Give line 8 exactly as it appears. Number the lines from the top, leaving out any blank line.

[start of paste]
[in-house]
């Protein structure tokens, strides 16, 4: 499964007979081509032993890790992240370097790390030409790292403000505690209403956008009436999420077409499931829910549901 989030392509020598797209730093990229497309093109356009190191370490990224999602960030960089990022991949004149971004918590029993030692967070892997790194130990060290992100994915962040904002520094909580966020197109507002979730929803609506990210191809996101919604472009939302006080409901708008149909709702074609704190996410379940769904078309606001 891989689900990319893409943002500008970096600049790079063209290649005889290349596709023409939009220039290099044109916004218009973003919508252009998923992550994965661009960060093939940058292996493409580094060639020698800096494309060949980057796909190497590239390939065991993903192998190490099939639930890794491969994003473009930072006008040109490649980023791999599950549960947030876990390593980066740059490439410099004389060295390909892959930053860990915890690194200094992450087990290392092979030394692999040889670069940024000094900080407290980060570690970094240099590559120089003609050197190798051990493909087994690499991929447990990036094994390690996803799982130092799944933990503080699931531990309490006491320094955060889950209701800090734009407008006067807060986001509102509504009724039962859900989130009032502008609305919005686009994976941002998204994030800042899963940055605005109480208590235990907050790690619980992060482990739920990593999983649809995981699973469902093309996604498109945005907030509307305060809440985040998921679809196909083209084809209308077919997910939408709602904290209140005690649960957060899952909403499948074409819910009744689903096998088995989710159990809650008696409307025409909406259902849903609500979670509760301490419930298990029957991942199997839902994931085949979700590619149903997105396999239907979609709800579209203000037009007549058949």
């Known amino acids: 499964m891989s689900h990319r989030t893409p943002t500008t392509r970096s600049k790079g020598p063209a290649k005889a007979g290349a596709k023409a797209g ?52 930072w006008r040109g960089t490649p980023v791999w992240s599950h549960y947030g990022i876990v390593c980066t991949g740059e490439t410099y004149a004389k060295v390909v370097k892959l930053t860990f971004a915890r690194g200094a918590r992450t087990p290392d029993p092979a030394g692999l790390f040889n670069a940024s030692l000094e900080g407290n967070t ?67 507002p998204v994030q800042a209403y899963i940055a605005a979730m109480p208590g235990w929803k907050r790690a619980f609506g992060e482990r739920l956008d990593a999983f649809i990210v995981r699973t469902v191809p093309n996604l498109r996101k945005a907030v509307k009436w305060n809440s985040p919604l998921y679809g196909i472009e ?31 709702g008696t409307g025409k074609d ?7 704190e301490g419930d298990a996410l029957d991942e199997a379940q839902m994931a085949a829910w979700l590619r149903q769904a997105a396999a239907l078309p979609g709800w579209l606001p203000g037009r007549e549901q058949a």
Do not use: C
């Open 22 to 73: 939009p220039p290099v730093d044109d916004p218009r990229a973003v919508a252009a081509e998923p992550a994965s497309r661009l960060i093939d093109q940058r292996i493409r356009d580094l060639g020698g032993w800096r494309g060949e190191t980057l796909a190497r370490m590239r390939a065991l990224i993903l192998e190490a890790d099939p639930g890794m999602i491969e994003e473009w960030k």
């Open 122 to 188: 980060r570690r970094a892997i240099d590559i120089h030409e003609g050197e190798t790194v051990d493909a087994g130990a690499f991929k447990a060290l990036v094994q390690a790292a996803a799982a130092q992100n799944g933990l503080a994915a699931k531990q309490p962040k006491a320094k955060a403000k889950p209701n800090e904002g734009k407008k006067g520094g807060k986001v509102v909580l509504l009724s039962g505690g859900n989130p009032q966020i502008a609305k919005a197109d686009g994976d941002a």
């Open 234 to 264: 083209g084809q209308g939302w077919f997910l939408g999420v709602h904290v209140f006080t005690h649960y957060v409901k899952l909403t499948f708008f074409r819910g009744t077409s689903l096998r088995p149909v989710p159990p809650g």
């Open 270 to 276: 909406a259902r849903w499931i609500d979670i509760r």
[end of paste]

């Open 270 to 276: 909406a259902r849903w499931i609500d979670i509760r």